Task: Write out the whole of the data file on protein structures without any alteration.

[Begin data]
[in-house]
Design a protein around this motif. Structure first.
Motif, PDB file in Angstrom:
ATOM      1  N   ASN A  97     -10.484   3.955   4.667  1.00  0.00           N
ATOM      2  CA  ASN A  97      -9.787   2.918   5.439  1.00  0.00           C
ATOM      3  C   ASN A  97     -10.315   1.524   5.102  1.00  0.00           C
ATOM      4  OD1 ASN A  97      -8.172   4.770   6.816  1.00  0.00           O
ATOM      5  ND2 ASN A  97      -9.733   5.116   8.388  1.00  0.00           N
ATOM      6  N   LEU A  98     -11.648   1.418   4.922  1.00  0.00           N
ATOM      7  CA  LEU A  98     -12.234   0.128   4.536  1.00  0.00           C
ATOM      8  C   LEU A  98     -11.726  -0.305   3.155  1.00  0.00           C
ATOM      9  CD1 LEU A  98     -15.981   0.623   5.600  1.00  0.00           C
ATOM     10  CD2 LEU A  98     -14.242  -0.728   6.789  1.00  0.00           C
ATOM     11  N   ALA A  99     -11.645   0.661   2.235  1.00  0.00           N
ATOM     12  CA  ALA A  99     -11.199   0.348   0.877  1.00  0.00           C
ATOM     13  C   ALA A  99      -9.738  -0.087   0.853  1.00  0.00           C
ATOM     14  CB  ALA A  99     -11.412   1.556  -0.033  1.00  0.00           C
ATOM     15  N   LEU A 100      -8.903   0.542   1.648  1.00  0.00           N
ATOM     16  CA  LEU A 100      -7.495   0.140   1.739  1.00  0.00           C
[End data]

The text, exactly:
[in-house]
Design a protein around this motif. Structure first.
Motif, PDB file in Angstrom:
ATOM      1  N   ASN A  97     -10.484   3.955   4.667  1.00  0.00           N
ATOM      2  CA  ASN A  97      -9.787   2.918   5.439  1.00  0.00           C
ATOM      3  C   ASN A  97     -10.315   1.524   5.102  1.00  0.00           C
ATOM      4  OD1 ASN A  97      -8.172   4.770   6.816  1.00  0.00           O
ATOM      5  ND2 ASN A  97      -9.733   5.116   8.388  1.00  0.00           N
ATOM      6  N   LEU A  98     -11.648   1.418   4.922  1.00  0.00           N
ATOM      7  CA  LEU A  98     -12.234   0.128   4.536  1.00  0.00           C
ATOM      8  C   LEU A  98     -11.726  -0.305   3.155  1.00  0.00           C
ATOM      9  CD1 LEU A  98     -15.981   0.623   5.600  1.00  0.00           C
ATOM     10  CD2 LEU A  98     -14.242  -0.728   6.789  1.00  0.00           C
ATOM     11  N   ALA A  99     -11.645   0.661   2.235  1.00  0.00           N
ATOM     12  CA  ALA A  99     -11.199   0.348   0.877  1.00  0.00           C
ATOM     13  C   ALA A  99      -9.738  -0.087   0.853  1.00  0.00           C
ATOM     14  CB  ALA A  99     -11.412   1.556  -0.033  1.00  0.00           C
ATOM     15  N   LEU A 100      -8.903   0.542   1.648  1.00  0.00           N
ATOM     16  CA  LEU A 100      -7.495   0.140   1.739  1.00  0.00           C